The United Kingdom has signed a deal with the French company Valneva for 40 million doses of its candidate novel coronavirus vaccine, a move that increases the country’s sizable stockpile of doses.
With the nation of around 67 million people now holding or expecting at least 400 million jabs, speculation has turned to when and how London might help other nations.
The Bloomberg News agency said the new order means the UK has now requested a total of 100 million jabs from Valneva, with many not due to be delivered until next year.
London also has an option to buy an additional 90 million doses if it wants, which would be delivery between 2023 and 2025.
Valneva said the order could end up costing the UK as much as 1.4 billion euros ($1.7 billion) if the UK takes up all the options it is entitled to because of earlier agreements.
Clive Dix, the chairman of the UK’s vaccines task force, said the apparent extra doses will “give us future flexibility in the event that we would need to revaccinate part of the population”.
Early clinical tests on the vaccine, which will be produced in Scotland, have been successful, but detailed results will not be published until April.
The fact that the UK has ordered large quantities of vaccines from several companies means stocks have been sufficient for it to get its vaccination drive off to a good start, with around 600,0000 people now being injected each day.
On Monday, the National Health Service said it had completed the process of offering an injection to everyone in England’s 10,000 care homes for elderly residents.
Prime Minister Boris Johnson described the achievement as a “crucial milestone” in the nation’s race to vaccinate, by mid-February, the 15 million people deemed to be most at risk of dying from COVID-19.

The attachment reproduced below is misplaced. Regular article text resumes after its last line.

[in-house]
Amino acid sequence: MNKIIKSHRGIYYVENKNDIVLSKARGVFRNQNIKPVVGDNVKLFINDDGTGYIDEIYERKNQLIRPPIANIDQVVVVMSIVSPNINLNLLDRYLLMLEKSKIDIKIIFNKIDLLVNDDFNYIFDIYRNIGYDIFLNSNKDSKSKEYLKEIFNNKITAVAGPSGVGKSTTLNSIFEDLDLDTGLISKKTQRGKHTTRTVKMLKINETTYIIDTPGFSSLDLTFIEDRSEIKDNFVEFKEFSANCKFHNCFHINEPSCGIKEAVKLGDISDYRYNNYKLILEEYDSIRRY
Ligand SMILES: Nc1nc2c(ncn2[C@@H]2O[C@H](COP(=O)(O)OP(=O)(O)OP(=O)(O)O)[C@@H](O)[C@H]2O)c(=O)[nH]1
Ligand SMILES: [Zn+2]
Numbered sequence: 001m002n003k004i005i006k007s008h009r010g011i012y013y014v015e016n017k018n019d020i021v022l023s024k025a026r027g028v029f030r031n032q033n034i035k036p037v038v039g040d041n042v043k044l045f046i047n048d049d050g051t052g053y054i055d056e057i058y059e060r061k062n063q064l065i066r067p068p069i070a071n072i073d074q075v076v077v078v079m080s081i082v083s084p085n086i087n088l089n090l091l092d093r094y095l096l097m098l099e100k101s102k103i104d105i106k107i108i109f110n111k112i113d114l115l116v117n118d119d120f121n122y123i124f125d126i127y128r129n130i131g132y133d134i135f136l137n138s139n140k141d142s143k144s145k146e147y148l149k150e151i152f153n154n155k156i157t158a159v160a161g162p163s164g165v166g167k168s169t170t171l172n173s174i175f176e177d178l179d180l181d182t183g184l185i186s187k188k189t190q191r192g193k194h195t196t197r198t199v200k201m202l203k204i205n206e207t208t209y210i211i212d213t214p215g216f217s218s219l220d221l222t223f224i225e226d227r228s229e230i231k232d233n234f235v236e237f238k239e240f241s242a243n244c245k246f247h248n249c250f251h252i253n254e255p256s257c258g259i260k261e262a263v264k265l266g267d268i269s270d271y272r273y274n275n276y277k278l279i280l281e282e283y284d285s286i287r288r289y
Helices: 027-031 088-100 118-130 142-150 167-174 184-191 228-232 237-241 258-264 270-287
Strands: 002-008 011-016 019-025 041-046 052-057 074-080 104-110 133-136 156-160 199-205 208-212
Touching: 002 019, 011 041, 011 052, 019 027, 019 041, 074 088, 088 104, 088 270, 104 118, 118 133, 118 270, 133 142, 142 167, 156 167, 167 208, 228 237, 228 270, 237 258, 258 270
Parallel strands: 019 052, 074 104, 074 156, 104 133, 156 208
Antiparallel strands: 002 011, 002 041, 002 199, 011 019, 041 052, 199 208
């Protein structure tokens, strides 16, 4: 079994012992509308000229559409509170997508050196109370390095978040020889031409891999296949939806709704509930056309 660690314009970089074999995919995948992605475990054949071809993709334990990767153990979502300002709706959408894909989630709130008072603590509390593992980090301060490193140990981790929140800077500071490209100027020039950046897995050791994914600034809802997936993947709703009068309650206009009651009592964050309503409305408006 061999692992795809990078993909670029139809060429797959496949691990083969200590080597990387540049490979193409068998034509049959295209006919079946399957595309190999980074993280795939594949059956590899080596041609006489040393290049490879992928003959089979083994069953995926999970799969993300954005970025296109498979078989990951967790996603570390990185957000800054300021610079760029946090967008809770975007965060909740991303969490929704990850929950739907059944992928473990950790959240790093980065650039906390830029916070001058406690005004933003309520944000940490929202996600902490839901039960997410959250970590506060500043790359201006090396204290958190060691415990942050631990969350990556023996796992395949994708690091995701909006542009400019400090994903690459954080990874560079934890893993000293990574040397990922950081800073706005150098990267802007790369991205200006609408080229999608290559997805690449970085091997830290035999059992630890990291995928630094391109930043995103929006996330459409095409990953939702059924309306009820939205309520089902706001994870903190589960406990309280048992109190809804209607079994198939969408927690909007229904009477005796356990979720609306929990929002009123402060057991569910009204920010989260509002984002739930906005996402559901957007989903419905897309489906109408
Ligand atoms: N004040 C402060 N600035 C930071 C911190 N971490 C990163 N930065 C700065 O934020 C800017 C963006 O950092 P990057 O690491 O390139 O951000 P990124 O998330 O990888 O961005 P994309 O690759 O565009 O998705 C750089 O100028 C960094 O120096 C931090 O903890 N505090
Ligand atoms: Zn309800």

He said the vaccination program offers the nation a “route out of the pandemic”.
So far, around 9 million people in the most vulnerable groups have received their first jab, with almost half a million of them also having also had their second jab to complete their vaccination.
Social Care Minister Helen Whately said on Radio 4’s Today program on Monday: “Any care home that hasn’t been contacted, just let me know and I will personally follow up.”
Later, she said on the BBC’s morning News program Breakfast that the fact that care home residents have been inoculated against the novel coronavirus does not mean they will be able to receive visits from friends and family. That moment, she said, will have to wait until a significant percentage of the population has also been vaccinated.
With the UK seemingly in possession of large stocks of novel coronavirus vaccines, the Daily Mail reported on Monday that London might send spare vaccines to neighbor Ireland following the European Union’s climb-down on the weekend in a row over vaccine exports from the bloc to the island of Ireland.
The paper noted that Brussels had considered reinstating border checks along the dividing line between the Republic of Ireland and Northern Ireland to prevent vaccines being imported into the UK via the republic at a time when the EU has insufficient stockpiles.
The paper said that, with the controversial idea of border checks now quashed and the specter of the bloc instead limiting exports of the jab to the Republic of Ireland, London could respond by ensuring its neighbor has ample supplies by sharing some of its reserves.
It said Johnson is also likely to start sharing the UK’s jabs with other nations starting in the summer, something Liz Truss, the secretary of state for international trade, seemed to confirm when she said on The Andrew Marr Show: “It won’t benefit people in Britain if we become a vaccinated island and many other countries don’t have the vaccine.”
Meanwhile, the BBC reported on Monday that a variant of the novel coronavirus first identified in South Africa appears to be spreading in the UK.
The broadcaster said cases were identified among people with no links to South Africa during random checks carried out by Public Health England.
It said additional testing will be conducted to see the extent of the problem.